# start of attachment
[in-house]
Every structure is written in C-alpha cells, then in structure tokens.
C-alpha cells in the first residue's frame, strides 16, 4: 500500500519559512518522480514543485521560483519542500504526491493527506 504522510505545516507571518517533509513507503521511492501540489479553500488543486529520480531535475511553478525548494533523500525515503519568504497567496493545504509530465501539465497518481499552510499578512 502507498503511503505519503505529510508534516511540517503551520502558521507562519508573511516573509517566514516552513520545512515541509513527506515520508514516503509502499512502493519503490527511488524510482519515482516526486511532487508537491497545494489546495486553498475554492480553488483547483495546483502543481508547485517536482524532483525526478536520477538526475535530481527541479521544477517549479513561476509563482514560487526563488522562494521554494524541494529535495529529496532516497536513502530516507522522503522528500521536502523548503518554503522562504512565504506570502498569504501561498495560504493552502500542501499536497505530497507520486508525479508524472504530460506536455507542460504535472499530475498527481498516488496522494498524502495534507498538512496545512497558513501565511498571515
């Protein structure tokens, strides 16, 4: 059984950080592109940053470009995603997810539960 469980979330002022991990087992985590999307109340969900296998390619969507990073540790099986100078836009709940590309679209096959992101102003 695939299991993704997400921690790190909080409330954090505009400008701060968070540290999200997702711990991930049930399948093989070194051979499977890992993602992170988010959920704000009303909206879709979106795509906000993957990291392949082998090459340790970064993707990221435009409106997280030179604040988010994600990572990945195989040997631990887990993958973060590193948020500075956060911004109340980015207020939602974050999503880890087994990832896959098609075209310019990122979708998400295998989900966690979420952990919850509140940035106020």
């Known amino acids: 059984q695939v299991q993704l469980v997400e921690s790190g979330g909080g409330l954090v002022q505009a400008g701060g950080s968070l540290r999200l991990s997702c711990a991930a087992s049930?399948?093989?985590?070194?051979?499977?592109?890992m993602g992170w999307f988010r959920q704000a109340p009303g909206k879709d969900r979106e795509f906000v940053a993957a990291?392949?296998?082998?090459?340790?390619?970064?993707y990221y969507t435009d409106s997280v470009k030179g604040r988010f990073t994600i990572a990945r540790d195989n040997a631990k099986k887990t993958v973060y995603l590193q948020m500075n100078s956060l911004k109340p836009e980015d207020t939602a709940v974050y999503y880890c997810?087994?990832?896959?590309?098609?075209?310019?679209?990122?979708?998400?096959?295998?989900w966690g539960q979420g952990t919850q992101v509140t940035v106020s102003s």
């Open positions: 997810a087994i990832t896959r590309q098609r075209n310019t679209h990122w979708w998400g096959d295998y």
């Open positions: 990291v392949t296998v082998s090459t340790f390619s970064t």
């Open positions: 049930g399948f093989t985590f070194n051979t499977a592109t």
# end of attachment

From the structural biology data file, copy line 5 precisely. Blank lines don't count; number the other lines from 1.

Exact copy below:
């Known amino acids: 059984q695939v299991q993704l469980v997400e921690s790190g979330g909080g409330l954090v002022q505009a400008g701060g950080s968070l540290r999200l991990s997702c711990a991930a087992s049930?399948?093989?985590?070194?051979?499977?592109?890992m993602g992170w999307f988010r959920q704000a109340p009303g909206k879709d969900r979106e795509f906000v940053a993957a990291?392949?296998?082998?090459?340790?390619?970064?993707y990221y969507t435009d409106s997280v470009k030179g604040r988010f990073t994600i990572a990945r540790d195989n040997a631990k099986k887990t993958v973060y995603l590193q948020m500075n100078s956060l911004k109340p836009e980015d207020t939602a709940v974050y999503y880890c997810?087994?990832?896959?590309?098609?075209?310019?679209?990122?979708?998400?096959?295998?989900w966690g539960q979420g952990t919850q992101v509140t940035v106020s102003s």